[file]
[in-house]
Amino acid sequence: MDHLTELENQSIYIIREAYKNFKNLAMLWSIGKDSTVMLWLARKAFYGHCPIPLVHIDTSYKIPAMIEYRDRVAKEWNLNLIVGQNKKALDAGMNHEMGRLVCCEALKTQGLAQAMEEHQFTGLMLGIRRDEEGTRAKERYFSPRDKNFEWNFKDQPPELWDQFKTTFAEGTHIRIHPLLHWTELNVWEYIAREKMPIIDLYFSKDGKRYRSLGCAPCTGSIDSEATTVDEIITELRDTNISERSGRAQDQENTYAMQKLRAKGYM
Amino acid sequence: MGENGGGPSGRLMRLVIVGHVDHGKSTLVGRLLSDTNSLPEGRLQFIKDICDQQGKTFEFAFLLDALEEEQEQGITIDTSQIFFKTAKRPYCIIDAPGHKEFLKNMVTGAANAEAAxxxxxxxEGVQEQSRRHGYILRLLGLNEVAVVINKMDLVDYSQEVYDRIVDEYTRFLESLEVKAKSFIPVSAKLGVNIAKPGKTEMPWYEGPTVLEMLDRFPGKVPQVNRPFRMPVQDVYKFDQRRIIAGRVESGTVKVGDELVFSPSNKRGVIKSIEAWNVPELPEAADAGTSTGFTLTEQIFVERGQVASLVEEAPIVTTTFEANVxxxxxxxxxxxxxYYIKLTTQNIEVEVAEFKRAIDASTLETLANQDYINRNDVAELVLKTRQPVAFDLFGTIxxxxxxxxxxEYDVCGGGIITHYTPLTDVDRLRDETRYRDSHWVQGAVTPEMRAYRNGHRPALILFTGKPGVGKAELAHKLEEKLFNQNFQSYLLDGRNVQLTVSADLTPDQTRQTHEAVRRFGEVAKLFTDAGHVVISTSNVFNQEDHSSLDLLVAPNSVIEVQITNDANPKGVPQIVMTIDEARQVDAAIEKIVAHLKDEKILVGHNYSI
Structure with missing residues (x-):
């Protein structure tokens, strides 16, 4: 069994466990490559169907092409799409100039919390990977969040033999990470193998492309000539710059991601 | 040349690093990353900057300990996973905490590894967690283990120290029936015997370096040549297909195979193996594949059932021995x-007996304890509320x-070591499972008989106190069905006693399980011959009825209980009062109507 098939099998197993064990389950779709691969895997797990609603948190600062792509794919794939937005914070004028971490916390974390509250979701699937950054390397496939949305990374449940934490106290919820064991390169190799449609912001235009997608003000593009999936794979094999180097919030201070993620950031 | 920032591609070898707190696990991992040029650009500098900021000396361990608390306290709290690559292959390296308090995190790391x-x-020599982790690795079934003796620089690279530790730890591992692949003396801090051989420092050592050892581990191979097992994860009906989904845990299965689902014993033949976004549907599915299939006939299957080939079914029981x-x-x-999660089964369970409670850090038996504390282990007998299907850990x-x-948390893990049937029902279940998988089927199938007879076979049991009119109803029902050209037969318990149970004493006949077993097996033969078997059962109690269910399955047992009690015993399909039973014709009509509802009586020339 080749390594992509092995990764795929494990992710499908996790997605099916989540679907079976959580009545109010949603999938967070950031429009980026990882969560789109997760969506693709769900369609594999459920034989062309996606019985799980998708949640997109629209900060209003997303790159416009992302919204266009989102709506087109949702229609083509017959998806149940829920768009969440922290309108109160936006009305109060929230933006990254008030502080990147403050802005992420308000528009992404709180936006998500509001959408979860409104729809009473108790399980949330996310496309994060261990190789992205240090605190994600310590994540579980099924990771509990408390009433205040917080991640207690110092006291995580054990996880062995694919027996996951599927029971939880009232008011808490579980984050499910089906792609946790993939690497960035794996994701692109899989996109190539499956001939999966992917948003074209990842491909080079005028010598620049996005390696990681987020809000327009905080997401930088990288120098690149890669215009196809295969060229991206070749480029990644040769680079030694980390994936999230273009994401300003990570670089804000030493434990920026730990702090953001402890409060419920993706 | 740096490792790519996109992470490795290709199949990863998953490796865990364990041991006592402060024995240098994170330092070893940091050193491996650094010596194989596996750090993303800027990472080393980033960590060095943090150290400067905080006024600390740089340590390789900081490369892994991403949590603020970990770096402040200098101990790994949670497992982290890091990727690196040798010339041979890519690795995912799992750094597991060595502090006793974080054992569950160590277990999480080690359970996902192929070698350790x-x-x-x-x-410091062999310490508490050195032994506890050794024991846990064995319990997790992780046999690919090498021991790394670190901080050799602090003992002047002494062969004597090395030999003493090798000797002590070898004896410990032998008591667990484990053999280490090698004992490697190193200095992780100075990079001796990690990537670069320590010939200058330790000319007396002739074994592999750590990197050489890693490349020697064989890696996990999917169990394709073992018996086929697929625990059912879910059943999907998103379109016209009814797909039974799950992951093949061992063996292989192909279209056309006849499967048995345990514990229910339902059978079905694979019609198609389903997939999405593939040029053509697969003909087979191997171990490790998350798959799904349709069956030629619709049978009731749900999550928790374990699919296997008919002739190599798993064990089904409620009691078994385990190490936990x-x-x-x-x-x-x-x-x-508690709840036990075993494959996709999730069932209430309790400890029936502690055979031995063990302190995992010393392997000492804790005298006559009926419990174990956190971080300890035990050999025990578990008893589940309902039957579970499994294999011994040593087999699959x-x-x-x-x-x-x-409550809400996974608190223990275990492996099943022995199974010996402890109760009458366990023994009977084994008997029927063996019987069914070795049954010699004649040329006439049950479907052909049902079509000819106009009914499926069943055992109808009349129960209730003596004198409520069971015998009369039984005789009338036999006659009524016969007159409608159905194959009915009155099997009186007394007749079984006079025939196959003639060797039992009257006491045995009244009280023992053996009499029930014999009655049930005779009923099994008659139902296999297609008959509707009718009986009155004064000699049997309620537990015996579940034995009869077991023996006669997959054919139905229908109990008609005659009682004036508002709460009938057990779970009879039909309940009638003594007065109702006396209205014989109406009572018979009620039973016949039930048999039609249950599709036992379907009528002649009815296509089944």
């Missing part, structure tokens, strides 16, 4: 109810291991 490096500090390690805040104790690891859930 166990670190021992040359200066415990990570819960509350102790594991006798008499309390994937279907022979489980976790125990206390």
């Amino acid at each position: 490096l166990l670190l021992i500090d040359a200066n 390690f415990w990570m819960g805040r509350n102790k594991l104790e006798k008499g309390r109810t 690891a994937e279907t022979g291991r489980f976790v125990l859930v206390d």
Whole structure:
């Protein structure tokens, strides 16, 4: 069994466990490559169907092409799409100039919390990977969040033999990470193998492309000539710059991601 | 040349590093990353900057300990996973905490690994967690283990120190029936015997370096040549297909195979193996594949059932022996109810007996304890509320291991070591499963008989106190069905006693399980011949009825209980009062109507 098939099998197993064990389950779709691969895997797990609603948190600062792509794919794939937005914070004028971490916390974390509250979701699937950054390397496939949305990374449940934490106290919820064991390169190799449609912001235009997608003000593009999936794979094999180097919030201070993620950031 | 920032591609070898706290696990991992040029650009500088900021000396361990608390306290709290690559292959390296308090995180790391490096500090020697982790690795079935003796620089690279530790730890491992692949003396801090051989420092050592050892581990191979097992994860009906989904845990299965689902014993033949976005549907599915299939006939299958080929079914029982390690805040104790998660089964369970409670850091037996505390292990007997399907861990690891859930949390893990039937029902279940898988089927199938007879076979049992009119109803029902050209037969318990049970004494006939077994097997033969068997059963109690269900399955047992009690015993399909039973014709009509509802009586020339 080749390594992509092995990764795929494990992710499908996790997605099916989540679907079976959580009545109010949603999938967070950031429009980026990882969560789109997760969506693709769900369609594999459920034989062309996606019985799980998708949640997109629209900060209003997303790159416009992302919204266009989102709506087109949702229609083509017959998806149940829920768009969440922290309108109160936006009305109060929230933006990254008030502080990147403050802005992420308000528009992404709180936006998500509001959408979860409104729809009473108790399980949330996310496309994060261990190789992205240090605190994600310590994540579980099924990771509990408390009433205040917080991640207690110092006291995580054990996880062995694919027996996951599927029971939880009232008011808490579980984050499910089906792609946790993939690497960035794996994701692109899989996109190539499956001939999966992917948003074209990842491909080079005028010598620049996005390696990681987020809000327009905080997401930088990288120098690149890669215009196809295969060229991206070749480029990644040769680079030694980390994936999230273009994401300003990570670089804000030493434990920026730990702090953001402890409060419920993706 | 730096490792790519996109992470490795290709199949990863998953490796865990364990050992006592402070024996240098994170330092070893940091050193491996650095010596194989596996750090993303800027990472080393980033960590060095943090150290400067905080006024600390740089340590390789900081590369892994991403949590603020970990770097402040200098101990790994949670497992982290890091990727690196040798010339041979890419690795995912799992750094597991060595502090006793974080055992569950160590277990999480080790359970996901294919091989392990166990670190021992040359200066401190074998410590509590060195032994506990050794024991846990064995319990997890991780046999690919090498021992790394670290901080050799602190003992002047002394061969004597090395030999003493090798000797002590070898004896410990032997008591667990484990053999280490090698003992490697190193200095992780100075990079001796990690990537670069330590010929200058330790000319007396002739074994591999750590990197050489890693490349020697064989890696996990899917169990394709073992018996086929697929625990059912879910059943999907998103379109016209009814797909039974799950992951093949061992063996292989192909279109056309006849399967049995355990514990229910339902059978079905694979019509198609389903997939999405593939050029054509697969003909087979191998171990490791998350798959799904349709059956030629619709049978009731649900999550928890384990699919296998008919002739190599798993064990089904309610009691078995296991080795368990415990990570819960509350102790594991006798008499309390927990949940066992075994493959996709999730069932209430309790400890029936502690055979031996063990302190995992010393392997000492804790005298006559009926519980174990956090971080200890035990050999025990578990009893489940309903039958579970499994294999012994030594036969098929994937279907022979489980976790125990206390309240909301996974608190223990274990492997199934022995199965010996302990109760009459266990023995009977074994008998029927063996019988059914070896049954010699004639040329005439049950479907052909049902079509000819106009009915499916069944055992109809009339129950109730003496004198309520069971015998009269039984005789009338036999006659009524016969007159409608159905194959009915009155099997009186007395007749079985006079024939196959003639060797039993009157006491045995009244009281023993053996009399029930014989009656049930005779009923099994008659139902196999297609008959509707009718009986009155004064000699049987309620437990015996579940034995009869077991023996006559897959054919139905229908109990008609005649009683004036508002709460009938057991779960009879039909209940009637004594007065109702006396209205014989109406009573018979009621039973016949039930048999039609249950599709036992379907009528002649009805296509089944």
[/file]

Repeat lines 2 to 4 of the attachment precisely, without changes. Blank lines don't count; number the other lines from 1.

Amino acid sequence: MDHLTELENQSIYIIREAYKNFKNLAMLWSIGKDSTVMLWLARKAFYGHCPIPLVHIDTSYKIPAMIEYRDRVAKEWNLNLIVGQNKKALDAGMNHEMGRLVCCEALKTQGLAQAMEEHQFTGLMLGIRRDEEGTRAKERYFSPRDKNFEWNFKDQPPELWDQFKTTFAEGTHIRIHPLLHWTELNVWEYIAREKMPIIDLYFSKDGKRYRSLGCAPCTGSIDSEATTVDEIITELRDTNISERSGRAQDQENTYAMQKLRAKGYM
Amino acid sequence: MGENGGGPSGRLMRLVIVGHVDHGKSTLVGRLLSDTNSLPEGRLQFIKDICDQQGKTFEFAFLLDALEEEQEQGITIDTSQIFFKTAKRPYCIIDAPGHKEFLKNMVTGAANAEAAxxxxxxxEGVQEQSRRHGYILRLLGLNEVAVVINKMDLVDYSQEVYDRIVDEYTRFLESLEVKAKSFIPVSAKLGVNIAKPGKTEMPWYEGPTVLEMLDRFPGKVPQVNRPFRMPVQDVYKFDQRRIIAGRVESGTVKVGDELVFSPSNKRGVIKSIEAWNVPELPEAADAGTSTGFTLTEQIFVERGQVASLVEEAPIVTTTFEANVxxxxxxxxxxxxxYYIKLTTQNIEVEVAEFKRAIDASTLETLANQDYINRNDVAELVLKTRQPVAFDLFGTIxxxxxxxxxxEYDVCGGGIITHYTPLTDVDRLRDETRYRDSHWVQGAVTPEMRAYRNGHRPALILFTGKPGVGKAELAHKLEEKLFNQNFQSYLLDGRNVQLTVSADLTPDQTRQTHEAVRRFGEVAKLFTDAGHVVISTSNVFNQEDHSSLDLLVAPNSVIEVQITNDANPKGVPQIVMTIDEARQVDAAIEKIVAHLKDEKILVGHNYSI
Structure with missing residues (x-):